This edition of NACLA collects a handful of essays on the question of human rights in Latin America as a political weapon used by the U.S. government in concert with its right-wing allies in an attempt to discredit those governments in the region that have most aggressively undermined U.S. hegemony. In this respect, today’s Latin American right and its North American allies have taken up the rhetoric of Reagan’s foreign policy, which adopted human rights as its central trope.
Title:The Politics of Human Rights, print edition
El Salvador is contemplating the first metals mining ban in the world. Movements and organizations are organizing on all sides of the issue. The question is whether the cash-strapped Central American country can afford to ban this investment-rich industry.
The border between the United States and Mexico is a humanitarian crisis with the whole continent to blame. Migrants are either forced to cross in desolate regions such as the Marfa sector, or funnel through the few gaps left in the border wall, routes controlled by drug-traffickers and bandits.
Jeffery R. Webber
Grassroots resistance is mounting against Ecuador’s president, Rafael Correa. Members from the Confederation of Indigenous Nationalities of Ecuador and other indigenous organizations are building new strategies and organizations “to fight extractivism, neoliberalism, and clientelism.”
In Bolivia, the government of Evo Morales has promoted policies attempting to redistribute wealth and reclaim control over private media, transnational corporations, and mining companies. These policies are affecting powerful conservative interests, and the right wing is responding to defend what it sees as its human rights.
Lorraine Bayard de Volo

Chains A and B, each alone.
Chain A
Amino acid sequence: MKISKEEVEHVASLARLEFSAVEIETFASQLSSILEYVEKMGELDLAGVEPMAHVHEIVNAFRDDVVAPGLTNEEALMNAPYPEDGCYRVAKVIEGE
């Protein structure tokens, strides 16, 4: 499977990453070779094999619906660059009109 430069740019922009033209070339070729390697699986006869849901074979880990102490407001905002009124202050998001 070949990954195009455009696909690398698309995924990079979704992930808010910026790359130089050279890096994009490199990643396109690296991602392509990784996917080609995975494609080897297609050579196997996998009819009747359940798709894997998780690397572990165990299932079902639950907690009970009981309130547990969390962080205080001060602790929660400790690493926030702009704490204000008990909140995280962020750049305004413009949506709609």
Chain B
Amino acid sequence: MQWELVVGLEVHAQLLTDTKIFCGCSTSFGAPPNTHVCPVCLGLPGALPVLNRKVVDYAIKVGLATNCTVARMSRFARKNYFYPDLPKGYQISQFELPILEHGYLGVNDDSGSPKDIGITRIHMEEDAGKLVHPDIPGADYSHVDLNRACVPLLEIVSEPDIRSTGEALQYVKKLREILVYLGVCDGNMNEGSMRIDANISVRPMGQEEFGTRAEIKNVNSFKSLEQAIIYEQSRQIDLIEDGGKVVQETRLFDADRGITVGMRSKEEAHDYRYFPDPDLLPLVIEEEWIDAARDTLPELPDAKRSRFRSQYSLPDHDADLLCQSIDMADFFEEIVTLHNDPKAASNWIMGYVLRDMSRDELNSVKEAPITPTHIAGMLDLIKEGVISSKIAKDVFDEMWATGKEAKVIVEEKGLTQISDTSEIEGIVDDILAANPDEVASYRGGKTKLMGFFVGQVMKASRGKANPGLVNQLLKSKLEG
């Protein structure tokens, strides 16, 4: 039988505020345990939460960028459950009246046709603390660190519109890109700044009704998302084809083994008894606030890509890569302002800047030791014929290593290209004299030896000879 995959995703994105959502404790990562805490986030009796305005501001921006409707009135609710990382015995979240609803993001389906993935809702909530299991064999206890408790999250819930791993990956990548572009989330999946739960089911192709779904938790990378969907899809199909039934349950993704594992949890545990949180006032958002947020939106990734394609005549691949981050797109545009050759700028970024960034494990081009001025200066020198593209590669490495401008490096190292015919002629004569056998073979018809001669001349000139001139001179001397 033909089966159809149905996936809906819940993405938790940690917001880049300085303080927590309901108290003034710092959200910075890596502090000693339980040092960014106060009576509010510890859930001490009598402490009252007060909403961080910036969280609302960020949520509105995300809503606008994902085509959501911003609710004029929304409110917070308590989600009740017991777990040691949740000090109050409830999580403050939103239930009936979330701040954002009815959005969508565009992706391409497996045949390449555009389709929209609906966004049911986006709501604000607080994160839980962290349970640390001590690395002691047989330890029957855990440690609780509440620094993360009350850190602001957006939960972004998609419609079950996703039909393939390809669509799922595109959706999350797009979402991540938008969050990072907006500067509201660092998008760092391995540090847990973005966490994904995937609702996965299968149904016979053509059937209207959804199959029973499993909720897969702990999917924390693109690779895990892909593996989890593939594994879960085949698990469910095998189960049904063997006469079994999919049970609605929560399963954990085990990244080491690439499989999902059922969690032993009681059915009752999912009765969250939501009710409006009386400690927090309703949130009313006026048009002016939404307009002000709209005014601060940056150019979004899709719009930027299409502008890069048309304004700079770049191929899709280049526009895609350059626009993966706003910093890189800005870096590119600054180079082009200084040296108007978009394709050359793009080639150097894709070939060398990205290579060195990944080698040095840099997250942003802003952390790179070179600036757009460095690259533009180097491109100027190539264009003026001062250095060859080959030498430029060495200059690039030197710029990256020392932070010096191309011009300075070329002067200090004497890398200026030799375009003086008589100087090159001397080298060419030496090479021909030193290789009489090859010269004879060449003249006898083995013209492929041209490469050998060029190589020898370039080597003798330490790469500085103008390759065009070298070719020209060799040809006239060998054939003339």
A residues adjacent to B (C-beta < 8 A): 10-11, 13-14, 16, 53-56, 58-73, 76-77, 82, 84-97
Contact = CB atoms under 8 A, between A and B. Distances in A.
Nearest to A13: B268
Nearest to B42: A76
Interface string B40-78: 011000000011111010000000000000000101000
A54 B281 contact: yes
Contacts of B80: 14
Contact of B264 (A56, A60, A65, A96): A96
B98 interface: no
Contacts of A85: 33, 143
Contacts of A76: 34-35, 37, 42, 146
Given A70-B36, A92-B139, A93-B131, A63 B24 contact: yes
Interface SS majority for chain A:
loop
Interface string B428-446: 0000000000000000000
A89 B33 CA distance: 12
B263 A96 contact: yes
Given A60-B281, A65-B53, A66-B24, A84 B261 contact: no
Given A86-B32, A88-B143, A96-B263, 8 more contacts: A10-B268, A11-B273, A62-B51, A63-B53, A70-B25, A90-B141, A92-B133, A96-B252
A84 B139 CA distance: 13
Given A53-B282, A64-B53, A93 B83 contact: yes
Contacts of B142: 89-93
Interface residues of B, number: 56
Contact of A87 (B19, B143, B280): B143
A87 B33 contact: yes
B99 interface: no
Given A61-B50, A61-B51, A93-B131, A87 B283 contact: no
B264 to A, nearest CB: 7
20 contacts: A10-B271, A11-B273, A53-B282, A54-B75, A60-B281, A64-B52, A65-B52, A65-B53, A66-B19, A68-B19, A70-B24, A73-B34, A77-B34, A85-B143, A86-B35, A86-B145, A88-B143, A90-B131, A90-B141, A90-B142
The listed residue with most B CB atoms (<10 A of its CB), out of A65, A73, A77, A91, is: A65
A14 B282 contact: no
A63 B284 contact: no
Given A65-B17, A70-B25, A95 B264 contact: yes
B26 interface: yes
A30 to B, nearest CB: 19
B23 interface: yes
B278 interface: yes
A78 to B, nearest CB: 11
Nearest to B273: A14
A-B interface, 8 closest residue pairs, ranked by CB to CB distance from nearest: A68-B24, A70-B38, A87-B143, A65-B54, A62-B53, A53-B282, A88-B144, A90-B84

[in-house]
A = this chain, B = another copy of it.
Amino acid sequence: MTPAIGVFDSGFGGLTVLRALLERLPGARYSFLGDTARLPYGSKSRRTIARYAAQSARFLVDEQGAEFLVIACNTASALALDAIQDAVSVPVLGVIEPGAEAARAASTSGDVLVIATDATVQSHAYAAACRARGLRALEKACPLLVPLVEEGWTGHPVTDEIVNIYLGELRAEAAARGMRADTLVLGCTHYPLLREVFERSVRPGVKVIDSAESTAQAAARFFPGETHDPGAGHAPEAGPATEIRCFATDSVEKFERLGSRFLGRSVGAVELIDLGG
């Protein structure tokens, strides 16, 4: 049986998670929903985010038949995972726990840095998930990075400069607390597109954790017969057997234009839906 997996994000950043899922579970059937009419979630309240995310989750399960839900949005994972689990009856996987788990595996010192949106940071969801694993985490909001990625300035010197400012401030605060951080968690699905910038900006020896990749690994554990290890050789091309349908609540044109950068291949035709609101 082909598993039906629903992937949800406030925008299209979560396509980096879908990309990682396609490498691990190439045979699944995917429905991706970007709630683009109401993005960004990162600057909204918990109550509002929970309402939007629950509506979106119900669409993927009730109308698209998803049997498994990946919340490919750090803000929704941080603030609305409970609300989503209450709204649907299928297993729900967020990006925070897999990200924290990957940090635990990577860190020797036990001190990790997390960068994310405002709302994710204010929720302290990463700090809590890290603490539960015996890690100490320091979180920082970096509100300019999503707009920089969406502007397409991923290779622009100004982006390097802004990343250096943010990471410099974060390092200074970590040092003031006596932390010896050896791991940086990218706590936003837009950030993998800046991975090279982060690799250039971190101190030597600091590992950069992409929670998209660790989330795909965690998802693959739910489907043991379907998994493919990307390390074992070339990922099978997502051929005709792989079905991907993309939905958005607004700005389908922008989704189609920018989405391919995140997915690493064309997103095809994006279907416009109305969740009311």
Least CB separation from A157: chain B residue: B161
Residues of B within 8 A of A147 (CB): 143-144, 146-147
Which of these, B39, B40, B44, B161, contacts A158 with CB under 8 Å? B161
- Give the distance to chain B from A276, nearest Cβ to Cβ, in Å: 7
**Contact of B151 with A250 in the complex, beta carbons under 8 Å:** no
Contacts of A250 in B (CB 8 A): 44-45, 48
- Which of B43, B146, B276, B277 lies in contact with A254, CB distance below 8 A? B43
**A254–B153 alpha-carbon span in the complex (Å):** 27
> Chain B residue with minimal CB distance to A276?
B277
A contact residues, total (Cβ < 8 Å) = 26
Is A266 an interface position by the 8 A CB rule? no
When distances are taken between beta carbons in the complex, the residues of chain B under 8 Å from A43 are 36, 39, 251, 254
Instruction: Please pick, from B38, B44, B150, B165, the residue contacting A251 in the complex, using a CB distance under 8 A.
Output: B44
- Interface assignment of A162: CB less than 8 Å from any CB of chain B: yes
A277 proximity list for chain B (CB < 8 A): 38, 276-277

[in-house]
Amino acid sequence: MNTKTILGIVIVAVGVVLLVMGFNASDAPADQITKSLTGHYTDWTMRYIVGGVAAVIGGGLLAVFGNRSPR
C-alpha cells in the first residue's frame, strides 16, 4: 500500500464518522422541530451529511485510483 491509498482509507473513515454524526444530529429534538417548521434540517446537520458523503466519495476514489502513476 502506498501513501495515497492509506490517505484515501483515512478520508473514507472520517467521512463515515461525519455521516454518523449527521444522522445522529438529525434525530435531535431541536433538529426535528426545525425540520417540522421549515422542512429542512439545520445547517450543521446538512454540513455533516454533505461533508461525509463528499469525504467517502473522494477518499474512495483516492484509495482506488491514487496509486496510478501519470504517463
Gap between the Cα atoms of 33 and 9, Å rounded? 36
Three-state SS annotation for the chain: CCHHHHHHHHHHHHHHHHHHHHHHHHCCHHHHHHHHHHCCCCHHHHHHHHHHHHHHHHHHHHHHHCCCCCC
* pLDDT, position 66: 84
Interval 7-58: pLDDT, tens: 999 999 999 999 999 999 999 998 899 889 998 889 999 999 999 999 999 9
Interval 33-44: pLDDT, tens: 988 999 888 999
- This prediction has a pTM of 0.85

Cuba’s dissident women, the Damas de Blanco, have captured the world’s attention and successfully evoked popular images associated with South American women who organized against repressive regimes during the 1970s. However, as confirmed by recently released WikiLeaks documents, some powerful friends, including the U.S. government, are behind the Damas’ peaceful movement.
An odd role-reversal has taken place in Venezuela, whereby the center-right has adopted the human rights discourse and protest strategies of the left. International human rights organizations and the mainstream media have jumped on board, denouncing the Venezuelan government for countless abuses, ignoring the facts and the context, the past and the present.
During the Cold War, the U.S. promoted a discourse of security across the Western hemisphere over fears of the communist threat. We are now witnessing a strategic right-wing political platform whereby democracy is equated with free market capitalism, and “human rights violations” refer to new forms of state control over private interests.
In Honduras, state-sponsored repression is on the rise, even as the Porfirio Lobo government champions human rights as one of its “highest priorities.” Honduran human rights defender Bertha Oliva explains how human rights discourse in Latin America is being transformed from a tool to protect the victims into one for publicity and manipulation.
With the end of the Cold War, the United States began to justify its embargo against Cuba as a policy of human rights. Despite the discourse, the embargo itself violates basic principles of the human rights model established by the UN Universal Declaration of Human Rights.
Presumed Guilty, a documentary film by Roberto Hernández and Geoffrey Smith, 2009, 88 mins., Spanish with English subtitles, Icarus Films (icarusfilms.com)
Maestra, a documentary film directed by Catherine Murphy, 33 mins., Spanish and English, with English subtitles, 2011, maestrathefilm.org.
Nicaragua: Surviving the Legacy of U.S. Policy, by Paul Dix and Pamela Fitzpatrick, Just Sharing Press, 2011, 220 pp., $39.95, nicaraguaphototestimony.org
Tracking the Economy
Argentina has experienced record economic growth, and the devalued peso, or the “high dollar,” as it is known, is at least partially responsible. But while this financial strategy is widely accepted in Argentina across the political spectrum, it has been profoundly limited.